Hotel Prank Causes $115,000 In Damages
Phone hoax targeted guest at Nebraska Holiday Inn
JANUARY 14--A Nebraska Holiday Inn suffered damages in excess of $100,000 this week when a phone prankster posing as a hotel employee convinced a guest to set off a sprinkler system, according to police.
The January 9 hoax targeting the Omaha hotel (pictured at right), which caused significant damage to seven guest rooms and a conference room, is identical to scores of prior calls placed to hotels by members of Pranknet, the online band of phone vandals. The group has often targeted Holiday Inn locations because callers can be directly connected to rooms without needing to know guest names.
In light of the six-figure damages, cops are investigating the prank as a felony, according to Officer Aarion Nielsen, an Omaha Police Department spokesperson. Nielsen added that investigators are actively pursuing leads, which may include tracking telephone records. Holiday Inn staff provided police with the phone number from which the hoax apparently was placed; calls to that number (in California’s 530 area code) are now met with an immediate busy signal.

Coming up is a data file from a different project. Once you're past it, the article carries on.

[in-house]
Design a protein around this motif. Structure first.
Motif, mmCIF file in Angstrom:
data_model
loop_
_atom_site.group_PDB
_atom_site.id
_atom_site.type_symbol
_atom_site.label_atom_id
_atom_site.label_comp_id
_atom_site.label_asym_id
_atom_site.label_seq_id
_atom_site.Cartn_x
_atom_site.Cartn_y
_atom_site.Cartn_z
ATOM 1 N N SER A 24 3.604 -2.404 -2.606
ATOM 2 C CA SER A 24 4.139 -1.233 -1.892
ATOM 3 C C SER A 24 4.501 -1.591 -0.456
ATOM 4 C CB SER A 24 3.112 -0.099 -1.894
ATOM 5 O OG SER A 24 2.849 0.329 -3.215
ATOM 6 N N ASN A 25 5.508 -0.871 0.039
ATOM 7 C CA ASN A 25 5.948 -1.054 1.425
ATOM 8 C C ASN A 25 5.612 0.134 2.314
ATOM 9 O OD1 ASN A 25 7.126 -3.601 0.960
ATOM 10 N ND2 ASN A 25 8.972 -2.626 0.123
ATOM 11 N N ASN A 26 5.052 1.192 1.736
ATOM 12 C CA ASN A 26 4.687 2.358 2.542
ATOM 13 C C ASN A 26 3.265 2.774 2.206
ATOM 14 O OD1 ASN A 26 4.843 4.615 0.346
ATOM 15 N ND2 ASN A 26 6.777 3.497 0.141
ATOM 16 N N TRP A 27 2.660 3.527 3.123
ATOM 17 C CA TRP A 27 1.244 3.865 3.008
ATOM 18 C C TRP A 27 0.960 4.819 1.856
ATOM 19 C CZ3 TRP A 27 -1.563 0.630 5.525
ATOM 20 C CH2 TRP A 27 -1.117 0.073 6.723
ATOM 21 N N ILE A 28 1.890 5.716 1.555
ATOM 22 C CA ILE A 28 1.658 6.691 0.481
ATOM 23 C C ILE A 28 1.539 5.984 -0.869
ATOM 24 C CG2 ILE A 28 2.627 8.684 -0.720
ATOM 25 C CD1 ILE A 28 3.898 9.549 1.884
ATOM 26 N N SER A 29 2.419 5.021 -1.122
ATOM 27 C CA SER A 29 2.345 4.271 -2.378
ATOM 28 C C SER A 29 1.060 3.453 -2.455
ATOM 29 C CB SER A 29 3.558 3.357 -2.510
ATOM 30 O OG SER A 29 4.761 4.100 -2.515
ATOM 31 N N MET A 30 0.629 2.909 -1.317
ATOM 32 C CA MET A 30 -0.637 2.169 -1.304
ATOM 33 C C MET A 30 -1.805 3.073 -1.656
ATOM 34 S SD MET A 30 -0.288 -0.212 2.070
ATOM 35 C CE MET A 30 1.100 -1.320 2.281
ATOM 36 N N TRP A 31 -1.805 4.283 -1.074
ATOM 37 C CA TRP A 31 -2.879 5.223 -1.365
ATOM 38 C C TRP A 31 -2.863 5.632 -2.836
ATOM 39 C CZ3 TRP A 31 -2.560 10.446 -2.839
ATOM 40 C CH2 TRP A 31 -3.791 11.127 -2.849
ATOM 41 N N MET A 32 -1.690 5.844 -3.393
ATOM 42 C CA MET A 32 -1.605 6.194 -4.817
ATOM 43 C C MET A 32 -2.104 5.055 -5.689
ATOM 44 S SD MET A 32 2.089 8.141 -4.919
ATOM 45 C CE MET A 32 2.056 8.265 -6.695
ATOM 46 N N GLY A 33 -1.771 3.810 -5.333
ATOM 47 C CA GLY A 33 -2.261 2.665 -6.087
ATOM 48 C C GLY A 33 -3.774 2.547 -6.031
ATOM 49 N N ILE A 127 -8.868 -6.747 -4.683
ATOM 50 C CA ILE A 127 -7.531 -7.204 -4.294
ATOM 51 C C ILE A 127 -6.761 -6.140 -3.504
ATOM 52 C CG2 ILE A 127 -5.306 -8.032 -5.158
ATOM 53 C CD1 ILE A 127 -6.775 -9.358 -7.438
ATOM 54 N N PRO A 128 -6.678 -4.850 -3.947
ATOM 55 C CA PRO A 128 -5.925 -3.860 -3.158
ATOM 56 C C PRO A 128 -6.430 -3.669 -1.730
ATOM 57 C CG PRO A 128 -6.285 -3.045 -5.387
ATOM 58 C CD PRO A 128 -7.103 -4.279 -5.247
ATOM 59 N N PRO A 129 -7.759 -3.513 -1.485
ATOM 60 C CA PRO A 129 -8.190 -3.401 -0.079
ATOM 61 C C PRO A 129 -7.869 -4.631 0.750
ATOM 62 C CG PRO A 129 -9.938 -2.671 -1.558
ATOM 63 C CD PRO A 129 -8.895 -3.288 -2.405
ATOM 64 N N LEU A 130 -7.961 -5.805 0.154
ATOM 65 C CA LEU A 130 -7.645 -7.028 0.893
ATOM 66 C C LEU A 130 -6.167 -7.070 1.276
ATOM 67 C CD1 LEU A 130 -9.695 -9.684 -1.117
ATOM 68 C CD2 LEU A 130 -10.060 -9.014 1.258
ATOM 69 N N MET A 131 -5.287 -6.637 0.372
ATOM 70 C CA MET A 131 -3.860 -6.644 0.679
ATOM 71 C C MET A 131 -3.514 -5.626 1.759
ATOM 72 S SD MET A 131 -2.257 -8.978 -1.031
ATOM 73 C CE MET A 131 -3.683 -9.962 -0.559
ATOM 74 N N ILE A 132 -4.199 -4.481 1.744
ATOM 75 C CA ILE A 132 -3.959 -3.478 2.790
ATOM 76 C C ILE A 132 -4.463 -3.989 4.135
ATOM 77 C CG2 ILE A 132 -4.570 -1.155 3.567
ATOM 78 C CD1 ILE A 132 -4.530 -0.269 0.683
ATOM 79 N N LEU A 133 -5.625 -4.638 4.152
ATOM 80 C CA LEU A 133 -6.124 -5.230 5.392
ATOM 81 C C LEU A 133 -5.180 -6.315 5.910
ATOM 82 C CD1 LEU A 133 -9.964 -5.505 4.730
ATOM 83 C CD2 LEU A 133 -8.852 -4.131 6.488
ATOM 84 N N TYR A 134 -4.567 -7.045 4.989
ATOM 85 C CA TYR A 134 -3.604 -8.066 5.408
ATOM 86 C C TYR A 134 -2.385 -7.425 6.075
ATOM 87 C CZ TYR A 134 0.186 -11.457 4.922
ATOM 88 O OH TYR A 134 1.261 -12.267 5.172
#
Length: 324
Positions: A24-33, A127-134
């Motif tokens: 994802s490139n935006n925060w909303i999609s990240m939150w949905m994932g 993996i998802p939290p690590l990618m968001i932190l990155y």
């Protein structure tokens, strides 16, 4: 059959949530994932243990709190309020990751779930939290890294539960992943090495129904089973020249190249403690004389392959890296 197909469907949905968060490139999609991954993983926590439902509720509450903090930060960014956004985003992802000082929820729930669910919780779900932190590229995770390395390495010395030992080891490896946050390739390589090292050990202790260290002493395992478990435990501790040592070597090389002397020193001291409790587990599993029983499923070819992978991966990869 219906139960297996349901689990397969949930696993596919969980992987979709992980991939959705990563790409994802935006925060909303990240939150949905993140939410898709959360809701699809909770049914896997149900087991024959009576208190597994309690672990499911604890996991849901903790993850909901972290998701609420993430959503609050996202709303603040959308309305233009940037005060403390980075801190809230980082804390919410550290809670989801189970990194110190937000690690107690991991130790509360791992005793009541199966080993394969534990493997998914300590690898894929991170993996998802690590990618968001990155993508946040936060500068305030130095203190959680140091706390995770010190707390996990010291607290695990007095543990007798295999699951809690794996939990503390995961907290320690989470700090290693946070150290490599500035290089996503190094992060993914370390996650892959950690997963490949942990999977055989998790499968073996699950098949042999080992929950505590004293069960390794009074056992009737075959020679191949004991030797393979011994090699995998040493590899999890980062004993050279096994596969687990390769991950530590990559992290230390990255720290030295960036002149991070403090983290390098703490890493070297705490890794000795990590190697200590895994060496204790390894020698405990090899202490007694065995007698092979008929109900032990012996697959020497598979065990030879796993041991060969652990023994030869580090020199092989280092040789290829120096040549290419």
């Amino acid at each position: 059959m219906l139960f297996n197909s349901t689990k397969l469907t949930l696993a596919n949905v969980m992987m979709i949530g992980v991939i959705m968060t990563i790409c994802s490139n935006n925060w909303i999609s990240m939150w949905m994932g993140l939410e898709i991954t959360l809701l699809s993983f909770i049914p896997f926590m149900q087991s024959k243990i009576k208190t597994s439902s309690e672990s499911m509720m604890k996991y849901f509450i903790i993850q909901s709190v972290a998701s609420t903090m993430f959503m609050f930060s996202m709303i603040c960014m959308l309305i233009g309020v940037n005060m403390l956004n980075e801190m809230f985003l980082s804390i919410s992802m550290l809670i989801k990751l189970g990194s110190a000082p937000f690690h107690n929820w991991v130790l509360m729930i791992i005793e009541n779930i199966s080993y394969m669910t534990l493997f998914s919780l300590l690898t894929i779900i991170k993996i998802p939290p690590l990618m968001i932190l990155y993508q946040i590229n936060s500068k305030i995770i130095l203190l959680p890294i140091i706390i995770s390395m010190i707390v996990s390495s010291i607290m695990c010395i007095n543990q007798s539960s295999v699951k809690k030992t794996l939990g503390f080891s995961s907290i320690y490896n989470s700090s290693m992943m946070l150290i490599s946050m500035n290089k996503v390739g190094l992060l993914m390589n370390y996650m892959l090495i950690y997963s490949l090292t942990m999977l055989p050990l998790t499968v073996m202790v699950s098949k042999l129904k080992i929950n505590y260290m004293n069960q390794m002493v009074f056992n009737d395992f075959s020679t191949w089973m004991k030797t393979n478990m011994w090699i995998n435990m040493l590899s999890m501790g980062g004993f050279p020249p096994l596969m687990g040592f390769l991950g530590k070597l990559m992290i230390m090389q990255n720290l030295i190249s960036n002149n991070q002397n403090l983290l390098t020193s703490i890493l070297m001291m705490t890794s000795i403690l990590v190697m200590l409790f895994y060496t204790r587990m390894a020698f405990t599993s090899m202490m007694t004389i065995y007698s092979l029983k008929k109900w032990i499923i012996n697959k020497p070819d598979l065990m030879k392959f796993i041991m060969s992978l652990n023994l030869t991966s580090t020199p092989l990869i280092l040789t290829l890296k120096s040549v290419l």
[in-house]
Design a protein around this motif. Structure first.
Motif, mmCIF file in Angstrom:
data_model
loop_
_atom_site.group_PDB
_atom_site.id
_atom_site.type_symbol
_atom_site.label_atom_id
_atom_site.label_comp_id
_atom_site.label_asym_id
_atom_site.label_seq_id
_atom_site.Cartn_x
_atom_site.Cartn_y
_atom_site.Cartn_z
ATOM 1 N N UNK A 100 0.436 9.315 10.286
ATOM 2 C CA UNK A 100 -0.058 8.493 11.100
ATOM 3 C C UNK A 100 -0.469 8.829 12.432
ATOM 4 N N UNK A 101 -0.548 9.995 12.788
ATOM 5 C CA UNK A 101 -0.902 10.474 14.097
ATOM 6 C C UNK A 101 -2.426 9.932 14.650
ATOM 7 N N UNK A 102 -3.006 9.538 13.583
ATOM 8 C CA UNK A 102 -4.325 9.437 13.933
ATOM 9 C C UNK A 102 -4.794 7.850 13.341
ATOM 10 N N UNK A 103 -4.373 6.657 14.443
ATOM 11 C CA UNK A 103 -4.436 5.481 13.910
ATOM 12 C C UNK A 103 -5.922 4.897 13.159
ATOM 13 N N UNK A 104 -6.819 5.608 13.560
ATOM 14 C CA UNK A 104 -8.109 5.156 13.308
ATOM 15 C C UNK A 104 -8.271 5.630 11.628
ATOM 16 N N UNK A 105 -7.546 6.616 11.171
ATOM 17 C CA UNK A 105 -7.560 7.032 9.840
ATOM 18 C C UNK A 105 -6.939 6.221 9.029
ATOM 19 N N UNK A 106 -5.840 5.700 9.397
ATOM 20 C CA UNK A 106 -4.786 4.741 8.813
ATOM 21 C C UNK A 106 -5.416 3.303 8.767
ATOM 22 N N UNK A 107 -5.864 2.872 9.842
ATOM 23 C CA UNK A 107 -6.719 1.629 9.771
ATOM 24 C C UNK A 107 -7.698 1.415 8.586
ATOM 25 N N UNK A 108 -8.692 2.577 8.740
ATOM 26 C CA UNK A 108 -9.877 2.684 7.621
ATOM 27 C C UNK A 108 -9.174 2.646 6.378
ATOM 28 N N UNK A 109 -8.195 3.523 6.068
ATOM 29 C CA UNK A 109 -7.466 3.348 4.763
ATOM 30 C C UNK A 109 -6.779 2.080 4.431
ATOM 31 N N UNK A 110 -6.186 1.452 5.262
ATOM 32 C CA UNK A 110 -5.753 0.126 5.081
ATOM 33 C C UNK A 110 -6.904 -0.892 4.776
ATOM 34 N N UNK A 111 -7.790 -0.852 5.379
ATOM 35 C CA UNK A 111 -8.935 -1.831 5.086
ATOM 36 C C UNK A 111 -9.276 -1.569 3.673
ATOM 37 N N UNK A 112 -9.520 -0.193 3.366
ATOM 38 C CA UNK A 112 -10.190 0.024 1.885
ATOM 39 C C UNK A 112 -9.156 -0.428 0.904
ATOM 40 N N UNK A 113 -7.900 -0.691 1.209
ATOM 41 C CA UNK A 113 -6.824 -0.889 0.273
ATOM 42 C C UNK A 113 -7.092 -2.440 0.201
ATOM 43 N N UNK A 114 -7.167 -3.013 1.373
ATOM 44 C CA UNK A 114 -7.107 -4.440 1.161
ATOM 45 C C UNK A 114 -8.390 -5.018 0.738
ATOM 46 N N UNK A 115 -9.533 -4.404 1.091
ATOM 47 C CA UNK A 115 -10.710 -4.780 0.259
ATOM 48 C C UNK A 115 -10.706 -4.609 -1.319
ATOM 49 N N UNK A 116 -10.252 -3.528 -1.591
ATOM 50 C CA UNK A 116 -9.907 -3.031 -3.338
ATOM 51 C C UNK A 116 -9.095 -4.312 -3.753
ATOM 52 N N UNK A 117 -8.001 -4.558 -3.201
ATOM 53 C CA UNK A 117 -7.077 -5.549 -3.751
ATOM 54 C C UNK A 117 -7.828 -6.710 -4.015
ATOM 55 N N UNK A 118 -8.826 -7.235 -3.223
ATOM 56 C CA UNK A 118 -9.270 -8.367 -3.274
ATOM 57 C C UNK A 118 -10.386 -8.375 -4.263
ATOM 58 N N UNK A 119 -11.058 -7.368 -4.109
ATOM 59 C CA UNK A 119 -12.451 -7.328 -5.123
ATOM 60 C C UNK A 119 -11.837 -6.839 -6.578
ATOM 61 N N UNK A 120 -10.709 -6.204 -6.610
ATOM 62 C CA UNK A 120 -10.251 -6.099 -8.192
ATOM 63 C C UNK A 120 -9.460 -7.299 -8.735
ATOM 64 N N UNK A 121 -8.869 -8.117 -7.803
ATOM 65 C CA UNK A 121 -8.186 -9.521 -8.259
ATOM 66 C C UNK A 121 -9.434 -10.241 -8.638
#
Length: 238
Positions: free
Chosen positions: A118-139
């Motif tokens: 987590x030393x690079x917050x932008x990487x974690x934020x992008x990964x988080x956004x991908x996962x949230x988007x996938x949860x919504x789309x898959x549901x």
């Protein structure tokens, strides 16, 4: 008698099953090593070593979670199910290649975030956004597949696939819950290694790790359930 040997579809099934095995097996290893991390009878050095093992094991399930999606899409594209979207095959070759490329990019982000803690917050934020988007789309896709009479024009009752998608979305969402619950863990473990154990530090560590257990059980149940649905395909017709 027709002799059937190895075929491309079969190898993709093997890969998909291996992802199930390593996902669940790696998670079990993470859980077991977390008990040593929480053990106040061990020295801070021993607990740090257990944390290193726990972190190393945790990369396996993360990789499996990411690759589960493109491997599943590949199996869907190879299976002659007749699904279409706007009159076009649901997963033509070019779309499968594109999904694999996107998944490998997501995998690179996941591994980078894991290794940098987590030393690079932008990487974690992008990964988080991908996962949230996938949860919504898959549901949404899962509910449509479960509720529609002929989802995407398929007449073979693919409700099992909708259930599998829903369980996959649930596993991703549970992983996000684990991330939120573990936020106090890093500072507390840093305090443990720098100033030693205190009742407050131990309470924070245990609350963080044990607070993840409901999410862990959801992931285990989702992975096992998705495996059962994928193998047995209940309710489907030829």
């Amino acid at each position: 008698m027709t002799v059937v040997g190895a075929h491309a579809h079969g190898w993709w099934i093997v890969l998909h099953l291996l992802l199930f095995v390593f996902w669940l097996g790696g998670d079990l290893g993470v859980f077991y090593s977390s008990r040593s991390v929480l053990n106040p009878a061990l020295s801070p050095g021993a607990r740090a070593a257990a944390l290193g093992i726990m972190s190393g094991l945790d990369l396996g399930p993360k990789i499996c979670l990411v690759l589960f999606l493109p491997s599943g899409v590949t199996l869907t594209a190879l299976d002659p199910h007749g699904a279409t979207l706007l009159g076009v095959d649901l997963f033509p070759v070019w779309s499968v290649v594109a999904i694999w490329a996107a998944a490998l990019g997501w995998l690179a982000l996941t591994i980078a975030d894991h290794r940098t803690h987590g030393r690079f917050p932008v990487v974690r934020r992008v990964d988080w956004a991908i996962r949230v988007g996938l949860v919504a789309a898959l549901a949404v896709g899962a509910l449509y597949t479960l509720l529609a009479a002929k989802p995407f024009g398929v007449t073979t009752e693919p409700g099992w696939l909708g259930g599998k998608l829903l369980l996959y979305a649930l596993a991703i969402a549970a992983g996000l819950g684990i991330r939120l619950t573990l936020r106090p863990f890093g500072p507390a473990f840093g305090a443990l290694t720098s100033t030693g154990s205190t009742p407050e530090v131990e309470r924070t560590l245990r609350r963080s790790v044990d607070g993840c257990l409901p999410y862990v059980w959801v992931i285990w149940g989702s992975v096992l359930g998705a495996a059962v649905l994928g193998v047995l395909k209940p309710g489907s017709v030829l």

The Omaha prank began with a call to Room 202, which was occupied by businessman Mark Thomas. Posing as a hotel employee, the male caller told the 47-year-old Thomas that a maid had broken a gas line. Thomas was directed to place wet towels at the base of his door, so that dangerous fumes did not enter his room.
The caller, who claimed to be following Fire Department instructions off a computer, then told him to unplug all electrical devices and open the room’s windows, Thomas recalled in a TSG interview. The hoaxster, he added, was “very self-assured and sounded like he was working from a script.”
An Omaha Police Department report notes that the caller then directed Thomas to “break the red glass vial in the sprinkler.” This was purportedly necessary because the device could hold an electrical charge that could lead to an explosion caused by gas seeping into the room.
Thomas broke the bulb, setting off the sprinkler. As the room filled with water, the caller told Thomas that the shut-off valve was located behind the bathroom mirror, which had to be ripped off the wall. The guest complied, only to discover nothing behind the mirror.
The deluge lasted for about 15 minutes, flooding Thomas’s room and adjoining spaces, as well as causing significant damage (as seen above) to the Holiday Inn’s lone meeting space directly downstairs. Hotel owner Kurt Trivedi told TSG that he believed about 5000 gallons of water flooded the hotel, which he opened in 2009.
Trivedi said an insurance adjuster this week estimated that repairs to the hotel would cost approximately $115,000. The hoax, he said, has cost him the use of seven guest rooms and the meeting space, adding that repairs could take about three weeks. (3 pages)